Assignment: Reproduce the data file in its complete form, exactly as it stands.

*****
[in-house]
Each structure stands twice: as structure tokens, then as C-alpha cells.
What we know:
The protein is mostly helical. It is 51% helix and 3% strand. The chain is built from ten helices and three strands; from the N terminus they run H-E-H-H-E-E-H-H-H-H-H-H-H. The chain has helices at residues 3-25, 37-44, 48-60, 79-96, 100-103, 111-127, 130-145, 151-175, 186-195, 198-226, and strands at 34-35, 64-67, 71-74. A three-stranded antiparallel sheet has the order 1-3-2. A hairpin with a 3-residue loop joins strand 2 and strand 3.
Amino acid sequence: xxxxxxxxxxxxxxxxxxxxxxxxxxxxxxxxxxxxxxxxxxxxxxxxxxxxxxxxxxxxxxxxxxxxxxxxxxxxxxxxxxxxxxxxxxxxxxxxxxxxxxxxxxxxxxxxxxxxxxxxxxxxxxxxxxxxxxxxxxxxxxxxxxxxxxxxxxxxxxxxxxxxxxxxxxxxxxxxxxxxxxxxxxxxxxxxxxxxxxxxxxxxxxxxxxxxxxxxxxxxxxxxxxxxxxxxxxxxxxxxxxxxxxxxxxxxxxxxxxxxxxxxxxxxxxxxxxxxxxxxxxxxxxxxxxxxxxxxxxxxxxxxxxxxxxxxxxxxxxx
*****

[in-house]
Each structure stands twice: as structure tokens, then as C-alpha cells.
What we know:
The protein is mostly helical. It is 51% helix and 3% strand. The chain is built from ten helices and three strands; from the N terminus they run H-E-H-H-E-E-H-H-H-H-H-H-H. The chain has helices at residues 3-25, 37-44, 48-60, 79-96, 100-103, 111-127, 130-145, 151-175, 186-195, 198-226, and strands at 34-35, 64-67, 71-74. A three-stranded antiparallel sheet has the order 1-3-2. A hairpin with a 3-residue loop joins strand 2 and strand 3.
Amino acid sequence: xxxxxxxxxxxxxxxxxxxxxxxxxxxxxxxxxxxxxxxxxxxxxxxxxxxxxxxxxxxxxxxxxxxxxxxxxxxxxxxxxxxxxxxxxxxxxxxxxxxxxxxxxxxxxxxxxxxxxxxxxxxxxxxxxxxxxxxxxxxxxxxxxxxxxxxxxxxxxxxxxxxxxxxxxxxxxxxxxxxxxxxxxxxxxxxxxxxxxxxxxxxxxxxxxxxxxxxxxxxxxxxxxxxxxxxxxxxxxxxxxxxxxxxxxxxxxxxxxxxxxxxxxxxxxxxxxxxxxxxxxxxxxxxxxxxxxxxxxxxxxxxxxxxxxxxxxxxxxxx